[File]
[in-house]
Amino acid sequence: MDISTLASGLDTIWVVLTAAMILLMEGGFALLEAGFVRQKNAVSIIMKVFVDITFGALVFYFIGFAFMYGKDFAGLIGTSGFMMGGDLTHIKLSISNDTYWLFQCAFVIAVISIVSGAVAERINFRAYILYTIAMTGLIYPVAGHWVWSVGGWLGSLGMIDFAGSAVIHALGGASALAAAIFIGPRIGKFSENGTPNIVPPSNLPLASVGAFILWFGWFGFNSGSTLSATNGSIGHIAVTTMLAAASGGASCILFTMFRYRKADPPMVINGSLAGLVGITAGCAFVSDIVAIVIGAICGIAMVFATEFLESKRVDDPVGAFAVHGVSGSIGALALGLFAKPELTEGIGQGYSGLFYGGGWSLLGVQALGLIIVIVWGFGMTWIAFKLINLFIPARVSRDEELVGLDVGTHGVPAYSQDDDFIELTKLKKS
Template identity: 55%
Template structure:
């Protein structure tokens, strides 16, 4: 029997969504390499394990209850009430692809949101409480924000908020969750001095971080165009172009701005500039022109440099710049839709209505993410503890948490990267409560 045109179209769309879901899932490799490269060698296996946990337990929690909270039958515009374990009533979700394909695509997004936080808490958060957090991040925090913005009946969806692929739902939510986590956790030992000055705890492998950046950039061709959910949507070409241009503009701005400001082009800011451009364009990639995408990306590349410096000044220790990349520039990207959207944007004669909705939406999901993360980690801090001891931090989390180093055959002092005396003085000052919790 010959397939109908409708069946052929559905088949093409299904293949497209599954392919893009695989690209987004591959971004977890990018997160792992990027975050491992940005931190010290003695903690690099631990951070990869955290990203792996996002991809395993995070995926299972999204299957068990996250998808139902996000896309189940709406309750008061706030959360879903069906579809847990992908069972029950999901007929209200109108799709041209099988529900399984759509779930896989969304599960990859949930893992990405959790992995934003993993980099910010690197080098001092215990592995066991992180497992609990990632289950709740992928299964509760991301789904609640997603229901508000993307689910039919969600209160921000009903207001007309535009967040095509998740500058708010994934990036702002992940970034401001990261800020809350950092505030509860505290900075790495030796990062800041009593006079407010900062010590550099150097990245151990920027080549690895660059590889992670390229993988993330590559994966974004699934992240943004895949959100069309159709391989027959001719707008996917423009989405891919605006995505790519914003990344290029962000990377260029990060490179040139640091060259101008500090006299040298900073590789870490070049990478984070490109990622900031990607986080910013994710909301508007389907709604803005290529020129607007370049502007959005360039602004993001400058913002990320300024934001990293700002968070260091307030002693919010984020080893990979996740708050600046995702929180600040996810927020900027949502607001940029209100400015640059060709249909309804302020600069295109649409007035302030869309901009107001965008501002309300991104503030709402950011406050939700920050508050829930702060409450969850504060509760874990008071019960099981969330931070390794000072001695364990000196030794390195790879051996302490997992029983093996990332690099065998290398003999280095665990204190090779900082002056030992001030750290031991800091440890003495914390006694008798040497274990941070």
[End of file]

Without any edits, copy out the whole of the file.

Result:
[in-house]
Amino acid sequence: MDISTLASGLDTIWVVLTAAMILLMEGGFALLEAGFVRQKNAVSIIMKVFVDITFGALVFYFIGFAFMYGKDFAGLIGTSGFMMGGDLTHIKLSISNDTYWLFQCAFVIAVISIVSGAVAERINFRAYILYTIAMTGLIYPVAGHWVWSVGGWLGSLGMIDFAGSAVIHALGGASALAAAIFIGPRIGKFSENGTPNIVPPSNLPLASVGAFILWFGWFGFNSGSTLSATNGSIGHIAVTTMLAAASGGASCILFTMFRYRKADPPMVINGSLAGLVGITAGCAFVSDIVAIVIGAICGIAMVFATEFLESKRVDDPVGAFAVHGVSGSIGALALGLFAKPELTEGIGQGYSGLFYGGGWSLLGVQALGLIIVIVWGFGMTWIAFKLINLFIPARVSRDEELVGLDVGTHGVPAYSQDDDFIELTKLKKS
Template identity: 55%
Template structure:
């Protein structure tokens, strides 16, 4: 029997969504390499394990209850009430692809949101409480924000908020969750001095971080165009172009701005500039022109440099710049839709209505993410503890948490990267409560 045109179209769309879901899932490799490269060698296996946990337990929690909270039958515009374990009533979700394909695509997004936080808490958060957090991040925090913005009946969806692929739902939510986590956790030992000055705890492998950046950039061709959910949507070409241009503009701005400001082009800011451009364009990639995408990306590349410096000044220790990349520039990207959207944007004669909705939406999901993360980690801090001891931090989390180093055959002092005396003085000052919790 010959397939109908409708069946052929559905088949093409299904293949497209599954392919893009695989690209987004591959971004977890990018997160792992990027975050491992940005931190010290003695903690690099631990951070990869955290990203792996996002991809395993995070995926299972999204299957068990996250998808139902996000896309189940709406309750008061706030959360879903069906579809847990992908069972029950999901007929209200109108799709041209099988529900399984759509779930896989969304599960990859949930893992990405959790992995934003993993980099910010690197080098001092215990592995066991992180497992609990990632289950709740992928299964509760991301789904609640997603229901508000993307689910039919969600209160921000009903207001007309535009967040095509998740500058708010994934990036702002992940970034401001990261800020809350950092505030509860505290900075790495030796990062800041009593006079407010900062010590550099150097990245151990920027080549690895660059590889992670390229993988993330590559994966974004699934992240943004895949959100069309159709391989027959001719707008996917423009989405891919605006995505790519914003990344290029962000990377260029990060490179040139640091060259101008500090006299040298900073590789870490070049990478984070490109990622900031990607986080910013994710909301508007389907709604803005290529020129607007370049502007959005360039602004993001400058913002990320300024934001990293700002968070260091307030002693919010984020080893990979996740708050600046995702929180600040996810927020900027949502607001940029209100400015640059060709249909309804302020600069295109649409007035302030869309901009107001965008501002309300991104503030709402950011406050939700920050508050829930702060409450969850504060509760874990008071019960099981969330931070390794000072001695364990000196030794390195790879051996302490997992029983093996990332690099065998290398003999280095665990204190090779900082002056030992001030750290031991800091440890003495914390006694008798040497274990941070």